Josh Kendall

What happened to the national signing day we used to know?

'The program got better': Muschamp recaps USC signing class

South Carolina football coach Will Muschamp discusses the Gamecocks' 2018 signing class and its 13 midyear enrollees.
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South Carolina football coach Will Muschamp discusses the Gamecocks' 2018 signing class and its 13 midyear enrollees.

It’s national signing day, but it’s hard to tell at the moment.

You could make a compelling argument that the first Wednesday in February used to be the second-biggest day on the college football calendar, behind only the day the national championship game is played. Heck, you could make a decent argument that it was the biggest day period.

Not anymore. Not even close.

That, of course, is because of the new early signing period, which was approved early last year and went into effect in December. Immediately, it became the sport’s main signing day.

Of the 369 four- and five-star players based on 247Sports’ composite rankings system, more than 275 of them signed. South Carolina entered the day with four spots available for players. Twenty players signed with the Gamecocks in December.

As for drama, frankly, there isn’t much. The Gamecocks entered the day with questions surrounding only two players – Georgia defensive end John Mincey (who picked Tennessee over the Gamecocks) and North Carolina defensive end Rick Sandidge, who will chose the Gamecocks.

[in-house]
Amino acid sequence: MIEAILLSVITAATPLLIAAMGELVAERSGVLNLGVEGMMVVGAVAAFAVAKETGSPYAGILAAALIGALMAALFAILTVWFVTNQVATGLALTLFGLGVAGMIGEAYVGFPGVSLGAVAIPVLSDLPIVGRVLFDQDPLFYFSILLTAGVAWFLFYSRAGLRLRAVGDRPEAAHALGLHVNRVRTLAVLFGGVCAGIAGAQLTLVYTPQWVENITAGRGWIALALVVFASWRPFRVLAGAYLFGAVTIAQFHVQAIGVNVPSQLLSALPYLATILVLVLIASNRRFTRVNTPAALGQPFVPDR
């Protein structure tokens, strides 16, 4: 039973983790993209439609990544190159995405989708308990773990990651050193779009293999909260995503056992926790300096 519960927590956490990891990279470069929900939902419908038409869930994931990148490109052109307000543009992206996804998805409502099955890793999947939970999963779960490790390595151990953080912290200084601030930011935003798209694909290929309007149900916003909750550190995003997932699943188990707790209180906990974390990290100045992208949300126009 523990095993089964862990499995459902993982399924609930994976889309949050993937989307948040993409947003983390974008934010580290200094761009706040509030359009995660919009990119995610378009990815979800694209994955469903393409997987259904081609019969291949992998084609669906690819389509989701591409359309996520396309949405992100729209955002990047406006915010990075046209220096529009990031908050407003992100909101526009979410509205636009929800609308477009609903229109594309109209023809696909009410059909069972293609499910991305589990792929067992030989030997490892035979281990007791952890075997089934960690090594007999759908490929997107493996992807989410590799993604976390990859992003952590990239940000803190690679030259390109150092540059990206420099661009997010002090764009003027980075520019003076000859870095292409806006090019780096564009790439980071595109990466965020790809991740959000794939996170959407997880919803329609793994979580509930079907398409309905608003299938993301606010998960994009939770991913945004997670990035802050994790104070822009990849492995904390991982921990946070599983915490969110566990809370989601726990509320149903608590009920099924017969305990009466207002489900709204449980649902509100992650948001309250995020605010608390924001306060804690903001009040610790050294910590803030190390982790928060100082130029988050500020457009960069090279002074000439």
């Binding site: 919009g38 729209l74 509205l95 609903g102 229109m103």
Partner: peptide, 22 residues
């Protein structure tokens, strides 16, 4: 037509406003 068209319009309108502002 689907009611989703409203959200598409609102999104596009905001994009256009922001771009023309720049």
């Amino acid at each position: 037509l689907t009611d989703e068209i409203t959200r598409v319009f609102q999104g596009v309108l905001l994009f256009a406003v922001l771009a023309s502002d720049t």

For the past 10 to 15 years, this day has had fans sitting on the edge of their seats. People took days off from work, either actually taking the day off or just going to the office and mailing it in while constantly hitting refresh on their favorite website (hopefully, GoGamecocks.com).

Today, it was easy to wake up and completely forget that it was national signing day. For most sports, it would be public relations suicide to give up the biggest day of offseason coverage. The bump that college football got from NSD coverage in February is one of the reasons the sport’s popularity has surged to such heights.

College football, probably, has grown so big now that it won’t suffer from losing the exposure it once got in February. The powers that be should hope so, because today is shaping up like a really dull day.

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